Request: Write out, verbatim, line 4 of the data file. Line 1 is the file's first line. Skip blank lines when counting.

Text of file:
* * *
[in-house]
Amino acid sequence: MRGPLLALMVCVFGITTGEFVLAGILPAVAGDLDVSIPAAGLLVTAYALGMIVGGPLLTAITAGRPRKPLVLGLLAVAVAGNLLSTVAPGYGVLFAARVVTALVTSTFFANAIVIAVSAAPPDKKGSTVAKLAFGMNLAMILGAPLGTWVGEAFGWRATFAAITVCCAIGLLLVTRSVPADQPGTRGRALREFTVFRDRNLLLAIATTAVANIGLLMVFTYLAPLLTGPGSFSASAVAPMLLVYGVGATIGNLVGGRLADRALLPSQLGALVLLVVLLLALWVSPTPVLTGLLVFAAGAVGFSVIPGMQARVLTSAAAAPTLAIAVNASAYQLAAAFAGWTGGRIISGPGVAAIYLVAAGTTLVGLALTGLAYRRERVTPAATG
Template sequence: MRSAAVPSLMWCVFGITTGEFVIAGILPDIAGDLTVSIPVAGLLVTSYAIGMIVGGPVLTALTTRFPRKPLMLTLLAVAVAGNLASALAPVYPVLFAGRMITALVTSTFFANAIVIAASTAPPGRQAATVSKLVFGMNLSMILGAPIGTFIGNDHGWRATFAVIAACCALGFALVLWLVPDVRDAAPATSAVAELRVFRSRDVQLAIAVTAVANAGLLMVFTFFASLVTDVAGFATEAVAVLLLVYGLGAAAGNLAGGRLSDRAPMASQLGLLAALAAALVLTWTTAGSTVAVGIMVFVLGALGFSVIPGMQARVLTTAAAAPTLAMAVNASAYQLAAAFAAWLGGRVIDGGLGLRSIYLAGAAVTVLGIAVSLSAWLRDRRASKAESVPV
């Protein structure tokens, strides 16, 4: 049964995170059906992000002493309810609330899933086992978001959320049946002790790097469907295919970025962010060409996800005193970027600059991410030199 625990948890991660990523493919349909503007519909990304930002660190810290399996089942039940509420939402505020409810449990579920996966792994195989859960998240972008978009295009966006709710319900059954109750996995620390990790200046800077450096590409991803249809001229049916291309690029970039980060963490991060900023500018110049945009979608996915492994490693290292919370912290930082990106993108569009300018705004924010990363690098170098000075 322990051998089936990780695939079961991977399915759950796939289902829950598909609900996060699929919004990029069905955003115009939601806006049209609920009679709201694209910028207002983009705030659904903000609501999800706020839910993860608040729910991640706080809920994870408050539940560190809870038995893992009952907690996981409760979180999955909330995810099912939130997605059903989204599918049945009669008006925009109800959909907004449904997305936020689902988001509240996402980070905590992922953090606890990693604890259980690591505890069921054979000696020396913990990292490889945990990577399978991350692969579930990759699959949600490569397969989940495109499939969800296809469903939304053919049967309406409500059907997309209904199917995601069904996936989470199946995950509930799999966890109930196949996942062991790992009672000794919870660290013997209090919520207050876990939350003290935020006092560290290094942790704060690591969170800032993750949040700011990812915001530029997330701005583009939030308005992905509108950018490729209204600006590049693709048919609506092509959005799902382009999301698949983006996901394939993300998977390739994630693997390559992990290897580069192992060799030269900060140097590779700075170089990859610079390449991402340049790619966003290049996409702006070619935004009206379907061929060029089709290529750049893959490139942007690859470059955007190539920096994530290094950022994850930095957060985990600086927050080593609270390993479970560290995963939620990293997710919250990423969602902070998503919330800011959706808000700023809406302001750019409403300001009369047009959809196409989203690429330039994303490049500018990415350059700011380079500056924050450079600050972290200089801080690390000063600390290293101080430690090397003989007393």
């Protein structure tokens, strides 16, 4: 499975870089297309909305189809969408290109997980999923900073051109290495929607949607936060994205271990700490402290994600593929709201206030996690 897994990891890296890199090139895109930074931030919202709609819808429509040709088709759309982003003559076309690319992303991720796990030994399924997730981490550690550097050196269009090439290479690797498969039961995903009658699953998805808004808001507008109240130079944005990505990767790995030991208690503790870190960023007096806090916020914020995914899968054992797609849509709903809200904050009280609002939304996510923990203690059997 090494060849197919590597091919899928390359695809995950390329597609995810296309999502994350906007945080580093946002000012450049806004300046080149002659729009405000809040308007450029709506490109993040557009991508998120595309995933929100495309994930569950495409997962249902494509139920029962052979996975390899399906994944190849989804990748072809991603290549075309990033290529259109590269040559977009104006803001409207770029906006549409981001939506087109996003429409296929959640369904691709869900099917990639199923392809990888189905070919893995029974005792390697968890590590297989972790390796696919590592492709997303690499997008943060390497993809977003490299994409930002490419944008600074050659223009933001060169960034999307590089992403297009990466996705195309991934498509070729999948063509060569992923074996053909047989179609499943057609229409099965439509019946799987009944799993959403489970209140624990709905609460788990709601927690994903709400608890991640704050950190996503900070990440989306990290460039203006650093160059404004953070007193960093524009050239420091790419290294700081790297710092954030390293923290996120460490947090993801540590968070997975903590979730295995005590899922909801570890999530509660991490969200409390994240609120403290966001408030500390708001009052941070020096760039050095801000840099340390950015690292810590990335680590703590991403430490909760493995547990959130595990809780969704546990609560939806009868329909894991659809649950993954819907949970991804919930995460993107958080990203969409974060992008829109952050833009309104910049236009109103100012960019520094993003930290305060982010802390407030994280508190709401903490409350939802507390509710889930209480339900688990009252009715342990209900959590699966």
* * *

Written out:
């Protein structure tokens, strides 16, 4: 049964995170059906992000002493309810609330899933086992978001959320049946002790790097469907295919970025962010060409996800005193970027600059991410030199 625990948890991660990523493919349909503007519909990304930002660190810290399996089942039940509420939402505020409810449990579920996966792994195989859960998240972008978009295009966006709710319900059954109750996995620390990790200046800077450096590409991803249809001229049916291309690029970039980060963490991060900023500018110049945009979608996915492994490693290292919370912290930082990106993108569009300018705004924010990363690098170098000075 322990051998089936990780695939079961991977399915759950796939289902829950598909609900996060699929919004990029069905955003115009939601806006049209609920009679709201694209910028207002983009705030659904903000609501999800706020839910993860608040729910991640706080809920994870408050539940560190809870038995893992009952907690996981409760979180999955909330995810099912939130997605059903989204599918049945009669008006925009109800959909907004449904997305936020689902988001509240996402980070905590992922953090606890990693604890259980690591505890069921054979000696020396913990990292490889945990990577399978991350692969579930990759699959949600490569397969989940495109499939969800296809469903939304053919049967309406409500059907997309209904199917995601069904996936989470199946995950509930799999966890109930196949996942062991790992009672000794919870660290013997209090919520207050876990939350003290935020006092560290290094942790704060690591969170800032993750949040700011990812915001530029997330701005583009939030308005992905509108950018490729209204600006590049693709048919609506092509959005799902382009999301698949983006996901394939993300998977390739994630693997390559992990290897580069192992060799030269900060140097590779700075170089990859610079390449991402340049790619966003290049996409702006070619935004009206379907061929060029089709290529750049893959490139942007690859470059955007190539920096994530290094950022994850930095957060985990600086927050080593609270390993479970560290995963939620990293997710919250990423969602902070998503919330800011959706808000700023809406302001750019409403300001009369047009959809196409989203690429330039994303490049500018990415350059700011380079500056924050450079600050972290200089801080690390000063600390290293101080430690090397003989007393």